The great irony of health care reform

The great irony of health care reform is that really, nothing is new.  Everything, it seems, remains cloaked in secrecy.

Yes, there are things called exchanges now.  And millions upon millions of dollars will be spent on Internet, social media, TV, print, and radio advertising touting the law.  There will be counselors there to help people make an informed choice.

But there’s still a new complicated, unreadable law that promises much, but delivers, well, we’re still not really sure.  There have been so many promises, but no one knows (yet) what we’ve given up in return for the monstrous bureaucracy, new payments, and massive consolidation of doctors offices and hospital systems that this law has already created.

Sure, the least risky adult population under 26 can stay on insurance, but now millions of young people who make $20,000 per year will be signing up for something that costs one tenth of their salary annually ($163 per month x 12) and have no idea in the world what they’re getting (really) for their money.  They get well doctor visits, but what does insurance company B have over insurance company C, or company Z?  Why do people have to add a zip code on their websites — have some areas gotten political favors in exchange for lower costs when others don’t?

No one has a clue.

And that will total out of pocket costs really be in terms of co-pays and co-insurance kick in?  What happens when an insurance company refuses to pay for a service because it wasn’t the service they chose for people covered in their plans?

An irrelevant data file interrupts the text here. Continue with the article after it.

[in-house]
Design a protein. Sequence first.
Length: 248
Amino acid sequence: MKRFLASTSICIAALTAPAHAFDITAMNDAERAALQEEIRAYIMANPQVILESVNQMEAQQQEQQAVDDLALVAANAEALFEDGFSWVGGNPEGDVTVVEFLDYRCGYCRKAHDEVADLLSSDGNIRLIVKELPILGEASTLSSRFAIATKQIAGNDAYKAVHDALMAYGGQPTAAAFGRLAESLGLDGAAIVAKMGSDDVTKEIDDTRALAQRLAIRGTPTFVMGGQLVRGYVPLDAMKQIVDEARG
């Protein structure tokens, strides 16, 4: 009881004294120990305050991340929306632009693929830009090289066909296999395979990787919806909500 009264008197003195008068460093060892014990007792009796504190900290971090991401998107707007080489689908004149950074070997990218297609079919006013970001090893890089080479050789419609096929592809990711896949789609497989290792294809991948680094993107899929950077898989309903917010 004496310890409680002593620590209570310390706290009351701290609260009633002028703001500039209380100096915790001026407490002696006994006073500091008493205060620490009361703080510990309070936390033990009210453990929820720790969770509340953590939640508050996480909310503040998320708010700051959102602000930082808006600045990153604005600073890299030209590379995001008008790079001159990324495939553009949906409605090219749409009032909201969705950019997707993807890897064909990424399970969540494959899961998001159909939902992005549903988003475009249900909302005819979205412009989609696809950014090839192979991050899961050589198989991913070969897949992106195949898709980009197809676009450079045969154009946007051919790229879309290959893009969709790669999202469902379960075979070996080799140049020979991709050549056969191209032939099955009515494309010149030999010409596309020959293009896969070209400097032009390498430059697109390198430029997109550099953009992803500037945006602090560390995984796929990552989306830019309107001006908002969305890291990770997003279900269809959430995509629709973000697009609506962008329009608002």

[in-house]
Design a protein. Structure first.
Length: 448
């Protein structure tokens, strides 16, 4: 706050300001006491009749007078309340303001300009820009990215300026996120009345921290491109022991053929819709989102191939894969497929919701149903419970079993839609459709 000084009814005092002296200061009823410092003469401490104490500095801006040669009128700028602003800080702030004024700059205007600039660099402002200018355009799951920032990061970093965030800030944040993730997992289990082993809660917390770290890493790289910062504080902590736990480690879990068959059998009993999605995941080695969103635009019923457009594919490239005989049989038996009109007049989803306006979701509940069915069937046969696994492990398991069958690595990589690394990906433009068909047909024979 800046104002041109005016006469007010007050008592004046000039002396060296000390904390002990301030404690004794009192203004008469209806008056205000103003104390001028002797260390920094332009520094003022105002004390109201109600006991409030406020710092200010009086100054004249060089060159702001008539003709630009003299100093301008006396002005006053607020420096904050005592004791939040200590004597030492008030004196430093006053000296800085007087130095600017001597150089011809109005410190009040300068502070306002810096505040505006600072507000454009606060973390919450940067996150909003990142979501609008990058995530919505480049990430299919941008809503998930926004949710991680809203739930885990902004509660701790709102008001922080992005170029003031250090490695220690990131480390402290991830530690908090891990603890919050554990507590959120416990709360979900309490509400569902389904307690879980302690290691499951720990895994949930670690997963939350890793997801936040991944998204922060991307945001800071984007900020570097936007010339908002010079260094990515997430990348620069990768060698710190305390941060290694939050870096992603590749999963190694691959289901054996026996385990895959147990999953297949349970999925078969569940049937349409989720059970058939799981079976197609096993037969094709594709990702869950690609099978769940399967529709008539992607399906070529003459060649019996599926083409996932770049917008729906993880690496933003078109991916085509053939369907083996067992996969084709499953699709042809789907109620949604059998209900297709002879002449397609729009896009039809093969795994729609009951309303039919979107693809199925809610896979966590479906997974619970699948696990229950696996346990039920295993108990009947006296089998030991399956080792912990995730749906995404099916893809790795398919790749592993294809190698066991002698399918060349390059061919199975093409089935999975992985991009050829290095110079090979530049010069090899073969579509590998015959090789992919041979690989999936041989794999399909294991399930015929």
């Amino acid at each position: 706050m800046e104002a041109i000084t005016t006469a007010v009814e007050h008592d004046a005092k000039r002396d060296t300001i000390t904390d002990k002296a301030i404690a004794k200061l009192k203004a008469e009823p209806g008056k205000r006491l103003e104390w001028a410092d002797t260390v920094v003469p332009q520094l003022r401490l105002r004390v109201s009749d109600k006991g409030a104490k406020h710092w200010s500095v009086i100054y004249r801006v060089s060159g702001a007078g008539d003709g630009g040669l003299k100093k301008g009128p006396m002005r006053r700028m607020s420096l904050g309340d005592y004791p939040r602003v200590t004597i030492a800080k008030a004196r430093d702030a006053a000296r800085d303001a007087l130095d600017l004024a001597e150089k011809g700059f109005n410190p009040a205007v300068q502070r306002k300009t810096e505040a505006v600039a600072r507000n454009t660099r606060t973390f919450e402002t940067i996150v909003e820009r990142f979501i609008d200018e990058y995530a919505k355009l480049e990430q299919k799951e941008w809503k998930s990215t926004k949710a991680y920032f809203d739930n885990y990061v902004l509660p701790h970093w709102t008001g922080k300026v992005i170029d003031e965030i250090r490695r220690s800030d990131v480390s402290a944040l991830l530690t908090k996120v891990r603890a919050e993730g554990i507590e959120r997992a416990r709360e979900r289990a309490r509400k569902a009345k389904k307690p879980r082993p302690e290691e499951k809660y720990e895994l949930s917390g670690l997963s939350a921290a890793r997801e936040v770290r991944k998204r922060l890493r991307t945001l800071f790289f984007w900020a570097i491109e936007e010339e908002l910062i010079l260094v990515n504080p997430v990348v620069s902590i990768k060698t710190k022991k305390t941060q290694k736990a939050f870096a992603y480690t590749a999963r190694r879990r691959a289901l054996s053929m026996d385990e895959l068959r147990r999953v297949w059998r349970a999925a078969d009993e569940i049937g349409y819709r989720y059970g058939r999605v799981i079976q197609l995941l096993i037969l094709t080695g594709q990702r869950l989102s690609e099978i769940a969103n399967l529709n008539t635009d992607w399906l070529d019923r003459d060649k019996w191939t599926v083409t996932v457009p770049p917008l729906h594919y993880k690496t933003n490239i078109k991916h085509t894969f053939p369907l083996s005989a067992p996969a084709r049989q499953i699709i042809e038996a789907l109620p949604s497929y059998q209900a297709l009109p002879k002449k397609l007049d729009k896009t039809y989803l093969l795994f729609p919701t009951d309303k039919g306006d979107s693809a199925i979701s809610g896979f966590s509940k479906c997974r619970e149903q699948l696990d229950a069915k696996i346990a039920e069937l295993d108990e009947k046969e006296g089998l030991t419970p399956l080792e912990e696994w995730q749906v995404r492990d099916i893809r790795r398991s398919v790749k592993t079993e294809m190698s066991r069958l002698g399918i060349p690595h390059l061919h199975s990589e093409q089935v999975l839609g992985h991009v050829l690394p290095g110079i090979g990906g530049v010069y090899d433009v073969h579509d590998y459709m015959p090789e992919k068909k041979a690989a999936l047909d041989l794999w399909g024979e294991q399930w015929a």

No one has a clue.

And how long will people have to wait for an appointment after January 1st, 2014 for their Medicaid care, in a system that already can’t pay its bills?  If my clinic’s any indication, today, this minute, it’s already a two and a half month wait for a routine follow-up appointment.

You see, there are only so many of us, and millions more patients on their way to Great Expectations now.  But as the new law has been taking shape, there has been downsizing, trimming of staff, more work for those who remain, and lots of doctors and nurses dropping out, moving on, or retiring early because they’ve been given sweet deals, or really had no choice.

Many are already frustrated, burned out, or getting to the point (sadly) that they really don’t care any more as more an more administrators are hired to tell health care workers how to work without doing the real work themselves.

So things will have to change under the weight of it all, and they will.

But for now, it’s all new, so enjoy.

Wes Fisher is a cardiologist who blogs at Dr. Wes.

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